Whenever Facebook or Instagram goes down, I shake my head thinking about how many people are using those platforms solely to run their business.
A common mistake I see when business owners start working on their online presence is they put social media ahead of their website. They don’t have a website, but you can find them on Instagram. Or they’ll have a website, but they leave it dormant in favor of keeping their Facebook current.
It’s understandable. After all, social media is “free”, where all the people are, and it appears to be less work. However, you’re setting your online presence (and your business) up for big risk.
You don’t own your content on social media. You don’t own your followers. Think about it. If Instagram shut your account down, how would you reach people? How would you do business?
You think it can never happen to you until it does. Spam and fake accounts run rampant on Instagram, and unfortunately, the wrong accounts can get caught in the crossfires.
Karmen K’s Instagram was disabled for impersonation, something that’s very common on that platform. Someone had created a fake account taking all her photos, and yet she was penalized.
Northfolk got locked out of their Instagram for two months with no explanation. Luckily, their business doesn’t heavily rely on social media.
“It was only because of our website systems that this hiccup didn’t derail our business!”
When you’re relying on social media, you’re playing by their rules. When your website does the work, you make the rules.
Clients ask me all the time how they can be number one on Google. Spoiler alert: not through social media. Customers want to visit your website first.
If your only medium is social media, not only do you not have the ability to optimize your content for search engines but you’ll be pushed down in favor of websites with fresh content.
Social media doesn’t give you the ability to lay things out in a way for a potential client to understand. You’re using their structure. Having a website allows you to strategically target your ideal customer and guide them in the right direction.
Not all of your potential customers have social media, and nowadays not everyone wants to be. Many people are deleting their Facebook in favor of a more peaceful internet experience. How do you cater to them?
Or let’s say you’re a social media marketer and the only way to work with you is to DM you on Instagram. If a potential client wants to hire you because they need help setting up Instagram, how are they suppose to connect with you?
It’s also important to know who your target audience is and what platforms they’re on. Otherwise, you may be targeting the wrong people.
Many business owners will start on social media because they want to be as accessible as possible. In their mind, the more accessible they are the money they will make. This leads to a severe lack of boundaries, and unfortunately, it invites clients that have none as well. If you don’t have boundaries, why should they?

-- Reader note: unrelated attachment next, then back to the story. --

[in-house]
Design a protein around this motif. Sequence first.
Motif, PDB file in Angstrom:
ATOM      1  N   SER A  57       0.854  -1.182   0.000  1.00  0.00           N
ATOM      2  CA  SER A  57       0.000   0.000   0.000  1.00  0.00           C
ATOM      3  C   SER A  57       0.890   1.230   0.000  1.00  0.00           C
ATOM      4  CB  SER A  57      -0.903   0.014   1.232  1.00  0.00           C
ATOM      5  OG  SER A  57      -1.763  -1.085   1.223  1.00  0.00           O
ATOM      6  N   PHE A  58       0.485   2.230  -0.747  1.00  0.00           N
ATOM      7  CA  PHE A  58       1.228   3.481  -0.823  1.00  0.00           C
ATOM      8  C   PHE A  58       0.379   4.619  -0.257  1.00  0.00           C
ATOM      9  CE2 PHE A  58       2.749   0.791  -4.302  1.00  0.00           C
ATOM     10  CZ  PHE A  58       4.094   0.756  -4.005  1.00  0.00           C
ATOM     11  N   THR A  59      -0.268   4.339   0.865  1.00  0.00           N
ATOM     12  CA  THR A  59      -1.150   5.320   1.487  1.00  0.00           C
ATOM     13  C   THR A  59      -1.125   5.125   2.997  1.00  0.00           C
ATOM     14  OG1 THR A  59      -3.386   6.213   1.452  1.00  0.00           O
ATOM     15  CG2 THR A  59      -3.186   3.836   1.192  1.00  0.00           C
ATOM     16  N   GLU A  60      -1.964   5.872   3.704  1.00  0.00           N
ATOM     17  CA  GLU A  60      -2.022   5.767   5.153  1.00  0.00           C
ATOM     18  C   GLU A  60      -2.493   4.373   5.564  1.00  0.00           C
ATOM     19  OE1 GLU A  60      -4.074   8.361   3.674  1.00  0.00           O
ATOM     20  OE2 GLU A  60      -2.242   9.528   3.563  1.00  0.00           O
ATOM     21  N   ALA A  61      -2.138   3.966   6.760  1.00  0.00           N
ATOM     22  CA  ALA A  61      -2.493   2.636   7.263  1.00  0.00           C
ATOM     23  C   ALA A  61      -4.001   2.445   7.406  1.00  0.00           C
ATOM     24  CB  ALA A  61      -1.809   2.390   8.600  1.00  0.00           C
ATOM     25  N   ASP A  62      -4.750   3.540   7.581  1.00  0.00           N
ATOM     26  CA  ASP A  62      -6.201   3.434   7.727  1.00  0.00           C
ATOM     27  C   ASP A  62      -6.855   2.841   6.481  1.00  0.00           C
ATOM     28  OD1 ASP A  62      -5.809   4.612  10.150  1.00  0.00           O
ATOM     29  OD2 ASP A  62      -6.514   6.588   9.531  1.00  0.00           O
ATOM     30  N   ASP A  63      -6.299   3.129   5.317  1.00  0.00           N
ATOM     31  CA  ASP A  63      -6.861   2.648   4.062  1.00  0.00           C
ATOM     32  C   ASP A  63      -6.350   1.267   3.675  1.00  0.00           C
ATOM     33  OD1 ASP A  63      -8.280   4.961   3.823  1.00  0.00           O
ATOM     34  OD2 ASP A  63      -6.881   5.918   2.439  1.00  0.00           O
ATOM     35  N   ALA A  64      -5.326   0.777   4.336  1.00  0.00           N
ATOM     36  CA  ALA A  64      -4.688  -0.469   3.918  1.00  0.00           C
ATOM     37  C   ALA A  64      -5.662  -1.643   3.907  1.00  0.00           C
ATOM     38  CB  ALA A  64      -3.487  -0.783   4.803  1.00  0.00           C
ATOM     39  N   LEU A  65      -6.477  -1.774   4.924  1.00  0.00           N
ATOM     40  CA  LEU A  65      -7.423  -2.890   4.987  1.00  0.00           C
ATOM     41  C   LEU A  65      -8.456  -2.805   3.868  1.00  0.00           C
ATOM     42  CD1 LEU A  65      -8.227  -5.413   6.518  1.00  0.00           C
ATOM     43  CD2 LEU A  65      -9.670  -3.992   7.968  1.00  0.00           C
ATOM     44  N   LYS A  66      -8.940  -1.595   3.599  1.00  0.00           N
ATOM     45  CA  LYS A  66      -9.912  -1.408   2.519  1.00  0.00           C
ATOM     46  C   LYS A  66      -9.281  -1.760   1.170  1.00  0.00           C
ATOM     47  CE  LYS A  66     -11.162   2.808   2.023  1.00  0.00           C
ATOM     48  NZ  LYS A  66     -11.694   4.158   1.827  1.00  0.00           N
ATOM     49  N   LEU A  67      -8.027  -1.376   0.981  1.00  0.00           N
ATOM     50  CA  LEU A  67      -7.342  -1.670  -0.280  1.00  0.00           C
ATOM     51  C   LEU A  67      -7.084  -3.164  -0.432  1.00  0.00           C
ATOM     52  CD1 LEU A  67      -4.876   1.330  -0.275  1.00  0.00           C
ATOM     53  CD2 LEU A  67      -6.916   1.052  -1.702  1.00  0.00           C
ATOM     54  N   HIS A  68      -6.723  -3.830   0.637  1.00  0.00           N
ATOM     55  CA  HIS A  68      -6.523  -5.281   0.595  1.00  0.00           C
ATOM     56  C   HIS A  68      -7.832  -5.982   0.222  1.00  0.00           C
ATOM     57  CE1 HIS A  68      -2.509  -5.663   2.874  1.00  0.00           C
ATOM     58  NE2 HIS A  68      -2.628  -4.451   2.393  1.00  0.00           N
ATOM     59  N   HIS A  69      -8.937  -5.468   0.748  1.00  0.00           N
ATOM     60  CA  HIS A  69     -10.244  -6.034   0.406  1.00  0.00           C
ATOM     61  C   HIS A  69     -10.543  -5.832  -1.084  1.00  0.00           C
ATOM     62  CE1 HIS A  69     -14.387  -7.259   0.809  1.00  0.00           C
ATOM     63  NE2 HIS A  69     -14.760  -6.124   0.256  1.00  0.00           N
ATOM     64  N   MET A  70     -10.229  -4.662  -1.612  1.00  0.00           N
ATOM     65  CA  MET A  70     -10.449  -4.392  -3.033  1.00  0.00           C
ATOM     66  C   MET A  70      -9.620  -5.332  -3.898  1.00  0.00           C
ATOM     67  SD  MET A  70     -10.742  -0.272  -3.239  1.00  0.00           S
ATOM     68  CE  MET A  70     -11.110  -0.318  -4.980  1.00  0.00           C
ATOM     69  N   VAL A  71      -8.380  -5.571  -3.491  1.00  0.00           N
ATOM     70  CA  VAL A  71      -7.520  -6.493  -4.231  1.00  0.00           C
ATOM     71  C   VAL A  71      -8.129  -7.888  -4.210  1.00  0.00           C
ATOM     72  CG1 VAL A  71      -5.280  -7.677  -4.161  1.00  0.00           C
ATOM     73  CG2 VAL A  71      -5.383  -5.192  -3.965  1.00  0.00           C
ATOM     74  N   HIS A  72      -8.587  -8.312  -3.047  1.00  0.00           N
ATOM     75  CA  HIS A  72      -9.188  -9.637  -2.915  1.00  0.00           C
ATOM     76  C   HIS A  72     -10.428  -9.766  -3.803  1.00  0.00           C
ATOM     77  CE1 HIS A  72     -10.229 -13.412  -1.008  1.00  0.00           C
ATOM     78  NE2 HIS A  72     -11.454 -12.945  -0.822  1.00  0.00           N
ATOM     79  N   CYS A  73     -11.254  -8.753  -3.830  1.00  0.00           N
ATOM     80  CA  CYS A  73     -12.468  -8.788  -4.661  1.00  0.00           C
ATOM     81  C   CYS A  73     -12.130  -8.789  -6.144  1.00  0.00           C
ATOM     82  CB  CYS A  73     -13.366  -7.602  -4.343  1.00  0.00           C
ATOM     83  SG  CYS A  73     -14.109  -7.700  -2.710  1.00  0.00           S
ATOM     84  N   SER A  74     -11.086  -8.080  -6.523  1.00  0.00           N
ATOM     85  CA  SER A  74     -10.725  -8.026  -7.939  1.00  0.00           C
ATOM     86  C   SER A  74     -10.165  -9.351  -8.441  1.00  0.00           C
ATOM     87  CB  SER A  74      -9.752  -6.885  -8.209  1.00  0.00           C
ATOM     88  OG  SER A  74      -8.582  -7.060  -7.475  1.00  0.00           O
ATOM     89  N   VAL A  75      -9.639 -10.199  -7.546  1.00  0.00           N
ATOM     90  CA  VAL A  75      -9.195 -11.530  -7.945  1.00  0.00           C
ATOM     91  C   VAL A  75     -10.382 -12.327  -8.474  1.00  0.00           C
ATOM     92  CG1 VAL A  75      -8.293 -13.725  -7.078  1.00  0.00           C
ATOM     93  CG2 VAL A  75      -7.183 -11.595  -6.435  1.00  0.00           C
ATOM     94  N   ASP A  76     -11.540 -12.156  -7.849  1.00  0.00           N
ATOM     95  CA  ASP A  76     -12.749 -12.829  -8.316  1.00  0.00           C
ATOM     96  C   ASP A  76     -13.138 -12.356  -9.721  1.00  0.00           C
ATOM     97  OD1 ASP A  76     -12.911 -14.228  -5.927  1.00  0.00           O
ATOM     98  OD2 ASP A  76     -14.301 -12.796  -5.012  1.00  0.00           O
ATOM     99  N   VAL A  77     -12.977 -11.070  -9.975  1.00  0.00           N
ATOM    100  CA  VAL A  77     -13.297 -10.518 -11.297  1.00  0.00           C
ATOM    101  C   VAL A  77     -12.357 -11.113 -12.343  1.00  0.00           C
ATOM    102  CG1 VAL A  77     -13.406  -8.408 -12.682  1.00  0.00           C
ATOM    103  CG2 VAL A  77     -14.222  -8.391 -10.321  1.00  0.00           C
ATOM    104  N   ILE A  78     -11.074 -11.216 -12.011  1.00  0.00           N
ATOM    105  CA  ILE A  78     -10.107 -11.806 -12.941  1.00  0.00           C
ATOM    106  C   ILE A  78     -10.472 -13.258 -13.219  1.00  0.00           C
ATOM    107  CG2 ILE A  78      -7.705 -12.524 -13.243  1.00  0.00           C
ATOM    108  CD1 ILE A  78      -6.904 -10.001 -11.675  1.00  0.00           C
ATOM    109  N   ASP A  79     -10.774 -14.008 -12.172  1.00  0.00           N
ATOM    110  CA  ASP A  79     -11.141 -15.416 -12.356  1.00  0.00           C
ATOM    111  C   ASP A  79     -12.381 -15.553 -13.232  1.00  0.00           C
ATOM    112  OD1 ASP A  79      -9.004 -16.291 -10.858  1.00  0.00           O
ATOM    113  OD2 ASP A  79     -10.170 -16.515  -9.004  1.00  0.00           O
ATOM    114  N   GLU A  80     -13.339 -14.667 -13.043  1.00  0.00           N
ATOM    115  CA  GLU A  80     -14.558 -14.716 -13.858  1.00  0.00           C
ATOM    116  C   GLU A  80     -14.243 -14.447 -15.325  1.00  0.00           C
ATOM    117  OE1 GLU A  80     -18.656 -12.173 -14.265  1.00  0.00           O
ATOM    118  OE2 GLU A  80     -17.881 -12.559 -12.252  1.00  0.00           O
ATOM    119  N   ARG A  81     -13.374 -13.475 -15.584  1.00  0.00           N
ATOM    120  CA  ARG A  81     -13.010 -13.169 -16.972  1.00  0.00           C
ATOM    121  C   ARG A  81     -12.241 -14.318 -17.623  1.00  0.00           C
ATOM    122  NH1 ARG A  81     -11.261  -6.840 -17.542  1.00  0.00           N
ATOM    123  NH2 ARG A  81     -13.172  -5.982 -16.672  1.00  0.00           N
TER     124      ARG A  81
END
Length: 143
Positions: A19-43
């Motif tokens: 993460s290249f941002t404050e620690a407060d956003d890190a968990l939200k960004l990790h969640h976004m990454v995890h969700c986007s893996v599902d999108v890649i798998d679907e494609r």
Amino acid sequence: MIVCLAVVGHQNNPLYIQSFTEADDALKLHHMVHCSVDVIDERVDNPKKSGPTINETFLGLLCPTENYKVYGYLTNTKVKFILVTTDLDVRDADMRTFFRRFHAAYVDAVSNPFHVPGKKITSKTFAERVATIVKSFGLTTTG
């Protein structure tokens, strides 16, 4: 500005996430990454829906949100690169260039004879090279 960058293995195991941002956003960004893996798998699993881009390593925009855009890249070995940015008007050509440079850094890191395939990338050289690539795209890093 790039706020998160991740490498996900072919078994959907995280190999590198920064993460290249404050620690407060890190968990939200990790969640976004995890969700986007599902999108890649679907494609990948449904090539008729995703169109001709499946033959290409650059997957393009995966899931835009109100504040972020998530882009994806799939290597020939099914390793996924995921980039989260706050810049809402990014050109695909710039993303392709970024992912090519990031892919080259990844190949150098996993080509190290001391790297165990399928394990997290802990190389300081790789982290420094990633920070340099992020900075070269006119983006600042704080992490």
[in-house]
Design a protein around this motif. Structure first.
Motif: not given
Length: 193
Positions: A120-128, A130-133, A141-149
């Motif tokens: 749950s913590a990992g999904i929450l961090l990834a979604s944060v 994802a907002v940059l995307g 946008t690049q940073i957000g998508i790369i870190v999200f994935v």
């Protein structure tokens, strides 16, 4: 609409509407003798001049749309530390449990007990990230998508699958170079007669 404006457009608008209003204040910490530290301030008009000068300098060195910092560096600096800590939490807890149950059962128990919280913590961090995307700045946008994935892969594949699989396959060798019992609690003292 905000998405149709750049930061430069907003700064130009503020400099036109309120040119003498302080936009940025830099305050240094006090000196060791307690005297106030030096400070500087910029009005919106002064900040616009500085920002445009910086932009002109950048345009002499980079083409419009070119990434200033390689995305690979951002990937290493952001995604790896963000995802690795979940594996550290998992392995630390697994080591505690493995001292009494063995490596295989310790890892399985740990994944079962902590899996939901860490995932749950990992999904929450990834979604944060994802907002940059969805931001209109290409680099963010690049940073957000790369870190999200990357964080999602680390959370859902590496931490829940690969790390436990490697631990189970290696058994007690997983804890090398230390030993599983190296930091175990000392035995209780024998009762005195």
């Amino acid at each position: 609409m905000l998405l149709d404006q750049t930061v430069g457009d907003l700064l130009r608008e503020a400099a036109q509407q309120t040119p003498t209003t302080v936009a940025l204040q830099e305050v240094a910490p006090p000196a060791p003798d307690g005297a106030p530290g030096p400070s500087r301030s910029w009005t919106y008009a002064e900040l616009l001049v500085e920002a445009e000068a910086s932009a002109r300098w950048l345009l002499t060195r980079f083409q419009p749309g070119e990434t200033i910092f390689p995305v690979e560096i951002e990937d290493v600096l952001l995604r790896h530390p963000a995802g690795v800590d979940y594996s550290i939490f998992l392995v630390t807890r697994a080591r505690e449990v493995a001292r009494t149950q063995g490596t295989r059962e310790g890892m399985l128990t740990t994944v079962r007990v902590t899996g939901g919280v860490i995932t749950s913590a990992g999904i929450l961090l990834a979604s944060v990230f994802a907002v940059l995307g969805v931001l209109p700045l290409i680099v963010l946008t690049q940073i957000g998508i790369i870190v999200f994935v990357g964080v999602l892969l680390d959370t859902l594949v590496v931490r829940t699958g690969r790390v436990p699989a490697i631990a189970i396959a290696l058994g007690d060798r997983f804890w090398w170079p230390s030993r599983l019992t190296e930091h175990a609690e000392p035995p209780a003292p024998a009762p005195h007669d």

I’ve heard horror stories about clients blowing up DMs at ungodly hours with ridiculous requests and violating boundaries to the point where they were blocked. That’s not a way to create a community or run a business.
Boundaries are so incredibly important because they help avoid burnout and make your overall business run smoother. A great way to do this is funneling leads and communication through one point of contact: your website.
When a potential customer is looking to do business with someone, the first thing they’re going to do is Google. They want to know what you do, how much it costs, and assess if you can meet their needs. When they can’t find you via a website it says a lot more than you think.
I remember when my husband was researching who to hire for some yard work, he kept muttering, “No website, no business!” He didn’t know who to hire or where to start because no one had a website, or if they did, it didn’t give him the information he needed. This is not how you want to attract your ideal customer.
“56% of people won’t trust a business that doesn’t have a website. Not having a website can clearly cost you money, yet, many solopreneurs decide to promote their businesses solely on platforms like Instagram to save money and time. Although referrals play a great part in business growth, having a website will help you convert more of your existing referrals because most people still do their own research and stack you against your competitors.”– Karmen Kendrick
Build trust by anticipating your customer’s needs. Know that they’re going to be researching and use that to your advantage by giving them what they’re looking for. Stand out by serving.
Now, don’t get me wrong, there is a time and a place for social media. You should definitely use it, but use it as a tool to get people to your website.
“The biggest goal of social media should be to create connection and provide invitations for people to leave the app and connect with you in a space that you own.”– Jenna Kutcher
All roads should lead to your website, the central hub and virtual home for your brand where you get to control the conversation.
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The Lovely Geek is a one-woman studio based in Sacramento, CA but works with clients remotely from all over.